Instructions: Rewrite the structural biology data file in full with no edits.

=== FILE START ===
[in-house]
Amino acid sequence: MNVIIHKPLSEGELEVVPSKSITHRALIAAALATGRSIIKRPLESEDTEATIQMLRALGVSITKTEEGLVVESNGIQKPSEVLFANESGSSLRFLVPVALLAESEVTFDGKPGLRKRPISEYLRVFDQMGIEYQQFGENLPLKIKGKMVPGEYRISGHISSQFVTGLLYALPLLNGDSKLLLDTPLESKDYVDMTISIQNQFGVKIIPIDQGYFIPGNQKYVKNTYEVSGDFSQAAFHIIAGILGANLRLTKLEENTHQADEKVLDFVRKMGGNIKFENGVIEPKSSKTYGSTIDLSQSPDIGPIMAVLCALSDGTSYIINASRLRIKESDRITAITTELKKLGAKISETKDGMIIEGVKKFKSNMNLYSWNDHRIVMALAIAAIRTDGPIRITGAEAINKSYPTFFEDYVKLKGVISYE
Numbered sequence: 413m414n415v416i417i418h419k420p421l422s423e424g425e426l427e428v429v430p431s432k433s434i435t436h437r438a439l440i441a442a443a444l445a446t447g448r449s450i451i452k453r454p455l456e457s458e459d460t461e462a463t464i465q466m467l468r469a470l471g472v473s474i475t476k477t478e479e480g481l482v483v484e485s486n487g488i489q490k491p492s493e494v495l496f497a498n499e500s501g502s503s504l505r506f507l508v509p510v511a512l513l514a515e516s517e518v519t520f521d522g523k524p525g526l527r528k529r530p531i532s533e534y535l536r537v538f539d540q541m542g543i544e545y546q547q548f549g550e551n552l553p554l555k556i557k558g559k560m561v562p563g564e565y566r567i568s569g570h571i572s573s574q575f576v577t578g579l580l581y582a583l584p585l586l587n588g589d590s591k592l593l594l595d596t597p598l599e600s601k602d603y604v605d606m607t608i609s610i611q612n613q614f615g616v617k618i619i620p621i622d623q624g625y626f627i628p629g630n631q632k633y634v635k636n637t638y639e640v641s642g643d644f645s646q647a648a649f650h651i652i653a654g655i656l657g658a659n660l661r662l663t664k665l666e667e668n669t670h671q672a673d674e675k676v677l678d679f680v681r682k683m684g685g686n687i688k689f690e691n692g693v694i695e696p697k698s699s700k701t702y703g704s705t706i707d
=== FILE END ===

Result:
[in-house]
Amino acid sequence: MNVIIHKPLSEGELEVVPSKSITHRALIAAALATGRSIIKRPLESEDTEATIQMLRALGVSITKTEEGLVVESNGIQKPSEVLFANESGSSLRFLVPVALLAESEVTFDGKPGLRKRPISEYLRVFDQMGIEYQQFGENLPLKIKGKMVPGEYRISGHISSQFVTGLLYALPLLNGDSKLLLDTPLESKDYVDMTISIQNQFGVKIIPIDQGYFIPGNQKYVKNTYEVSGDFSQAAFHIIAGILGANLRLTKLEENTHQADEKVLDFVRKMGGNIKFENGVIEPKSSKTYGSTIDLSQSPDIGPIMAVLCALSDGTSYIINASRLRIKESDRITAITTELKKLGAKISETKDGMIIEGVKKFKSNMNLYSWNDHRIVMALAIAAIRTDGPIRITGAEAINKSYPTFFEDYVKLKGVISYE
Numbered sequence: 413m414n415v416i417i418h419k420p421l422s423e424g425e426l427e428v429v430p431s432k433s434i435t436h437r438a439l440i441a442a443a444l445a446t447g448r449s450i451i452k453r454p455l456e457s458e459d460t461e462a463t464i465q466m467l468r469a470l471g472v473s474i475t476k477t478e479e480g481l482v483v484e485s486n487g488i489q490k491p492s493e494v495l496f497a498n499e500s501g502s503s504l505r506f507l508v509p510v511a512l513l514a515e516s517e518v519t520f521d522g523k524p525g526l527r528k529r530p531i532s533e534y535l536r537v538f539d540q541m542g543i544e545y546q547q548f549g550e551n552l553p554l555k556i557k558g559k560m561v562p563g564e565y566r567i568s569g570h571i572s573s574q575f576v577t578g579l580l581y582a583l584p585l586l587n588g589d590s591k592l593l594l595d596t597p598l599e600s601k602d603y604v605d606m607t608i609s610i611q612n613q614f615g616v617k618i619i620p621i622d623q624g625y626f627i628p629g630n631q632k633y634v635k636n637t638y639e640v641s642g643d644f645s646q647a648a649f650h651i652i653a654g655i656l657g658a659n660l661r662l663t664k665l666e667e668n669t670h671q672a673d674e675k676v677l678d679f680v681r682k683m684g685g686n687i688k689f690e691n692g693v694i695e696p697k698s699s700k701t702y703g704s705t706i707d